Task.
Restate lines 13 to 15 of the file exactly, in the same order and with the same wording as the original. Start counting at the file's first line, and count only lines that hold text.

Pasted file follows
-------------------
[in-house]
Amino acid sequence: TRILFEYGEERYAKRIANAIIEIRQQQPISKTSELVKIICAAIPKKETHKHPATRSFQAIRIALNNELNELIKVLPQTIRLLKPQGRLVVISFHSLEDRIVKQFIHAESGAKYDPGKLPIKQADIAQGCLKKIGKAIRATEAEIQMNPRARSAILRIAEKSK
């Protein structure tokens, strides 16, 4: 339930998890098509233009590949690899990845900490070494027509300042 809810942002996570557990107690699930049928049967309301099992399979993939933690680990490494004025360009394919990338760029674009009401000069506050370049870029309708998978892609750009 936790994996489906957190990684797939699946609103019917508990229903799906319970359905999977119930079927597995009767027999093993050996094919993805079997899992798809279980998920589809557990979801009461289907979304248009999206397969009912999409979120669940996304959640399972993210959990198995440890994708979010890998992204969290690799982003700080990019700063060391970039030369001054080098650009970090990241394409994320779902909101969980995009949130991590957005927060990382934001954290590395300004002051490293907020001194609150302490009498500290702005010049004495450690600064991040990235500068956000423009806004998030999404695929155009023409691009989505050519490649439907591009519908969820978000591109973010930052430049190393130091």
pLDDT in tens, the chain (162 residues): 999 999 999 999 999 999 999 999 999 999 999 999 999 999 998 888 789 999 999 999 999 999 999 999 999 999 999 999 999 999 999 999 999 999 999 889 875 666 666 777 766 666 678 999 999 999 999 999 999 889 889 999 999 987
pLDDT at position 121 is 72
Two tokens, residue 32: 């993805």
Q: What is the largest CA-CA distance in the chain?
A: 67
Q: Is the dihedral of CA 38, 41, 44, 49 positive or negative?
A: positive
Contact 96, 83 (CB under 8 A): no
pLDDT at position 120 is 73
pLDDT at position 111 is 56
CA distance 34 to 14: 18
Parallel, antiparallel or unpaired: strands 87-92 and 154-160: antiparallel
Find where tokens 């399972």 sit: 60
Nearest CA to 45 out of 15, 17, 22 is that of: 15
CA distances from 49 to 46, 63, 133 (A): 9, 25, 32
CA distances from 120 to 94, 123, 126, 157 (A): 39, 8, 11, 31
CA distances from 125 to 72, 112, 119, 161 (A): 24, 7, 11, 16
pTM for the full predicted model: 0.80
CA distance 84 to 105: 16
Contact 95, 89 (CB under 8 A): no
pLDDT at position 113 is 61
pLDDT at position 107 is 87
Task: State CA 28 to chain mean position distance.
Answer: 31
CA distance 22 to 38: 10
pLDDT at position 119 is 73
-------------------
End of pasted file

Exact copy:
pLDDT at position 111 is 56
CA distance 34 to 14: 18
Parallel, antiparallel or unpaired: strands 87-92 and 154-160: antiparallel